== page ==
The Language of Gemstones

Gemstones are part of my life.  I’m around them all day at work!  But many people feel that their interaction with gems and jewels is minimal.  Our language, however, is quite “loaded” with references to gems.  This pervasiveness means that it’s literally impossible to live life without some knowledge of gems.  

Many women, and some MEN!, are named after gemstones.  Have you ever met an Amber, a Ruby, or a Jade?  Other well-known names include Beryl, Pearl, Opal, Jett, and Jasper.  Names like Gemma and Crystal aren’t gemstone names, per se, but they mimic the idea of gems.  And there are plenty of less-common names like Jacinth, Sapphire, and Garnet.

Beryl Markham, Aviatrix, and character in the movie, Out of Africa

Pearl S Buck, author of The Good Earth

 

 

 

 

 

Amber Tamblyn, actress. Starred in Two and a Half Men

Companies like Crayola and Pantene have borrowed names from gemstones to describe their colors.  Do you remember coloring with crayons labeled Aquamarine or Amethyst?  What about Pantene’s Color of the Year last year–Rose Quartz!  Names like Ruby, Emerald, or Turquoise bring colors vividly to mind.  The gemstone names can be colorful adjectives, and the entertainment industry has used them for years.  Remember Dorothy in the Wizard of Oz with her RUBY red slippers? Or how about Dolly Parton singing about Jolene and her eyes of EMERALD green?  

Even gemstones with little or no color get used a lot in our language.  Diamond is the most popular gemstone used in songwriting.  Pearl is the runner-up.  Over 1200 songs were counted as having the word, Diamond.  Rhianna has a recent song, “Diamonds”, which, I’m sure, is quite popular.  My mind goes back to my 8th grade synchronized swimming program, when we swam to “Diamonds Are a Girl’s Best Friend” by Ethel Merman.  (I guess that dates me, doesn’t it?)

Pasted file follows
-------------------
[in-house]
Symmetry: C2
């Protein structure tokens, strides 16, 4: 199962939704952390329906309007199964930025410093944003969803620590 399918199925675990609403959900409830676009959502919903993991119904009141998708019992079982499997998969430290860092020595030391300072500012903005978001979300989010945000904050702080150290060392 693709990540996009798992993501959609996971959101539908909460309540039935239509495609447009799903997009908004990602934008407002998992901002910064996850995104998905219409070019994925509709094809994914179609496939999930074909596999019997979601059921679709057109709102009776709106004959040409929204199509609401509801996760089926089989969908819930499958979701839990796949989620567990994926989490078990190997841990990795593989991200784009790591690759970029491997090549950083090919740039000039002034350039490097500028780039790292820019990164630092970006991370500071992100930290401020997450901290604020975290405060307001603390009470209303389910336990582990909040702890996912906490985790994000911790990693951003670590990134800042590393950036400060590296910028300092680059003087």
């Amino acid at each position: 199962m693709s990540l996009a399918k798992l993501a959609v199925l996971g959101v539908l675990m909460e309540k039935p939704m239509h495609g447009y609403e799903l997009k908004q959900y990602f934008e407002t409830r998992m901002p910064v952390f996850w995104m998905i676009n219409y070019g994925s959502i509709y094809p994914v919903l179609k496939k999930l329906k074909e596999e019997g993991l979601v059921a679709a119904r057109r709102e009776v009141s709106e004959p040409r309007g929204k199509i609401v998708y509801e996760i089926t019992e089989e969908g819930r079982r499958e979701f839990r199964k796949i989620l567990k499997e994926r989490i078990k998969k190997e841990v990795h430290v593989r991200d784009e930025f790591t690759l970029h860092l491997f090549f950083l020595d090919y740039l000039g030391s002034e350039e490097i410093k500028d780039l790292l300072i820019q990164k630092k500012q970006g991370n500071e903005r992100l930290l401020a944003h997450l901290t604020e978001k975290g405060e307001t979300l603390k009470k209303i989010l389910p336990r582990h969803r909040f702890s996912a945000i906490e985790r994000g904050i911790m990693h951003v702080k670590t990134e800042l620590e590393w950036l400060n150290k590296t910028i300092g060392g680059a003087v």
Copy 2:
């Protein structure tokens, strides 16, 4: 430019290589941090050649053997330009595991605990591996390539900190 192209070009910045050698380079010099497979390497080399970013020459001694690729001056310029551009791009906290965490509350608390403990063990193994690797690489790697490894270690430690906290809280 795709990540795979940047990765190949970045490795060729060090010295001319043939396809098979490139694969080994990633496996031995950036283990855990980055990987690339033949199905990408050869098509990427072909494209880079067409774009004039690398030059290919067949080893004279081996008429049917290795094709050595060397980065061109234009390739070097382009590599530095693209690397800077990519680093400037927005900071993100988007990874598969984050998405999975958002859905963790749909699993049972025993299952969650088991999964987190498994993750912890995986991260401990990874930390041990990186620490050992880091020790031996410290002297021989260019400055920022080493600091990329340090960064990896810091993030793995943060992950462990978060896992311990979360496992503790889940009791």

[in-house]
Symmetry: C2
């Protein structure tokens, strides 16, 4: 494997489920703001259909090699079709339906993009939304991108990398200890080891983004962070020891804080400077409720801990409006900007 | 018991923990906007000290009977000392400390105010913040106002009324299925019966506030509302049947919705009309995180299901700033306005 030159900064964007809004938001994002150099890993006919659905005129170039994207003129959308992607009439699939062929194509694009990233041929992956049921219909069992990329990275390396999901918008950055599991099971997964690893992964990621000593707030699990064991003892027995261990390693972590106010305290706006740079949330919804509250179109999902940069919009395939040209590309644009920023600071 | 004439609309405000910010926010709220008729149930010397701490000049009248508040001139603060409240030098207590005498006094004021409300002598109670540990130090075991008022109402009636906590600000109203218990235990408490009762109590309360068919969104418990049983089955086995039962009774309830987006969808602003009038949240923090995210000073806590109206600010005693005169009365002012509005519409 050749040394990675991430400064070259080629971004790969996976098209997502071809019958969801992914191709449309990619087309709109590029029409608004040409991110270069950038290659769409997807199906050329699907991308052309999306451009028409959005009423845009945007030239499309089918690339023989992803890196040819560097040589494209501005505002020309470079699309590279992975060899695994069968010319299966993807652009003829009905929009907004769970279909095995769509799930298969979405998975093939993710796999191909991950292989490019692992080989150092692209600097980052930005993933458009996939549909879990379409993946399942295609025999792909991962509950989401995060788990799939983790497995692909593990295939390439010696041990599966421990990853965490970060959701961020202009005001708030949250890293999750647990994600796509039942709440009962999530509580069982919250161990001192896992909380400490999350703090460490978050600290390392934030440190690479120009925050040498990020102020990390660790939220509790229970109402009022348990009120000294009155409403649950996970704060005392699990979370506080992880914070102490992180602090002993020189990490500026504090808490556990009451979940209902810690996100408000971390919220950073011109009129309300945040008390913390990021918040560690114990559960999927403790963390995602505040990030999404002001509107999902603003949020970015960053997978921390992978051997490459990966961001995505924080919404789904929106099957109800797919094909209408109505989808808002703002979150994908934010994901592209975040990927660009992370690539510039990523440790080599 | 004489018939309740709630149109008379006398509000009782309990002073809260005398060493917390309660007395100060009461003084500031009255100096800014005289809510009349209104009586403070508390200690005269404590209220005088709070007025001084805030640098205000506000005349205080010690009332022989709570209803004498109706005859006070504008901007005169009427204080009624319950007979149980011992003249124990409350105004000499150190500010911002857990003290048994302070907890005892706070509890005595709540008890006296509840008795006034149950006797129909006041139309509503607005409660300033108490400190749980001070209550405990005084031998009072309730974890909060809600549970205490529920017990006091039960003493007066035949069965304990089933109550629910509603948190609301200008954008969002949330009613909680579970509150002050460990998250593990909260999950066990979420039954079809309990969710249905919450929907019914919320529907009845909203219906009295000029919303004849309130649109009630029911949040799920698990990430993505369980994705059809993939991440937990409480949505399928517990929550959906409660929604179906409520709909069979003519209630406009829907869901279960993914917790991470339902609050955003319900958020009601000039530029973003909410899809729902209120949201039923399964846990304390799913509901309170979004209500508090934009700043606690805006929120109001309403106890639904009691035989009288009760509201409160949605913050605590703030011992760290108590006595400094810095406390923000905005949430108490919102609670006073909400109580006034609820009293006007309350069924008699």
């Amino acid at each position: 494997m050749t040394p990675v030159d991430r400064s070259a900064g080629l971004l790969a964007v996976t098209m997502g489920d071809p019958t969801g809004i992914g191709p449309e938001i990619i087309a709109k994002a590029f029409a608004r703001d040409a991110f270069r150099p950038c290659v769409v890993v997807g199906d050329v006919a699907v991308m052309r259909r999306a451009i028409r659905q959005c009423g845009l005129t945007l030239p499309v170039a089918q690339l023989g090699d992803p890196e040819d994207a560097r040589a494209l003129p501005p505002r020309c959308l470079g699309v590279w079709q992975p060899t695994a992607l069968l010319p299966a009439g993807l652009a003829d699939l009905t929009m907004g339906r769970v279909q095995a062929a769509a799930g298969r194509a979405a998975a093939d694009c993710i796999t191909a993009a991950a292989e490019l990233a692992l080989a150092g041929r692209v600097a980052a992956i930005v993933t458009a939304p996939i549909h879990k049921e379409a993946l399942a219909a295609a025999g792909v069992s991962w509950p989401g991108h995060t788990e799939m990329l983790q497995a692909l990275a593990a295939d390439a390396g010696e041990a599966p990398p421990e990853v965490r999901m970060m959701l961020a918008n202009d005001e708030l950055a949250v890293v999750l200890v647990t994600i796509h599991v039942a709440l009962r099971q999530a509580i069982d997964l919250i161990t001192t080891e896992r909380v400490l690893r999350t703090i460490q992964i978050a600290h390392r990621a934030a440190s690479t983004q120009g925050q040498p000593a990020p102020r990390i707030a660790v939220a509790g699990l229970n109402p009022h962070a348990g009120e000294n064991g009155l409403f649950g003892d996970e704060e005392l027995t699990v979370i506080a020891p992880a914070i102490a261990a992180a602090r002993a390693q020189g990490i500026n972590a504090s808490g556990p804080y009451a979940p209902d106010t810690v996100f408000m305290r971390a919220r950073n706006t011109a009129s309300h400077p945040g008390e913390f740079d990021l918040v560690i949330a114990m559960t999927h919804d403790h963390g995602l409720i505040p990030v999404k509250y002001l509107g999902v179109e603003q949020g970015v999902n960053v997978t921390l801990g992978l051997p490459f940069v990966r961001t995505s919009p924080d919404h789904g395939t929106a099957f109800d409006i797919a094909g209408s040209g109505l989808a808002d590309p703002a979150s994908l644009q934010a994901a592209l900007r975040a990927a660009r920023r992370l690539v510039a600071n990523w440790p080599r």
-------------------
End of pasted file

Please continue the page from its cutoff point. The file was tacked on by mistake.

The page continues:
There are sayings and quotations about gemstones.  For example, “Diamond in the Rough” means that something or someone is valuable and good, but not polished or finished.  “Pearls of Wisdom” means rare and worthy words of advice.  Even the Bible contributes to the list with “Pearls before Swine” which talks about not giving out words or things of great value to those who won’t appreciate them.  In general, gemstones are used as synonyms for something or someone rare, valuable, and special.  

I love these funny quotations about gemstones and jewelry that I came across while researching for this blog.

Diamonds are only chunks of coal, that stuck to their jobs, you see.    by Minnie Richard Smith

Jewelry takes people’s minds off your wrinkles.  by Sonja Henie

I think men who have a pierced ear are better prepared for marriage.  They’ve experienced pain and bought jewelry.    by Rita Rudner

But I want to end with a reference to gemstones that we all learned from early in our youth.  This is proof, in my opinion,  that one can’t go through life without some knowledge of gems:

Twinkle, twinkle little star– How I wonder what you are.  Up above the world so high–Like a diamond in the sky. Twinkle, twinkle little star–How I wonder what you are. 

October’s Complicated Birthstones

Black Opal and Rubellite Tourmaline

Black Opal and Rubellite Tourmaline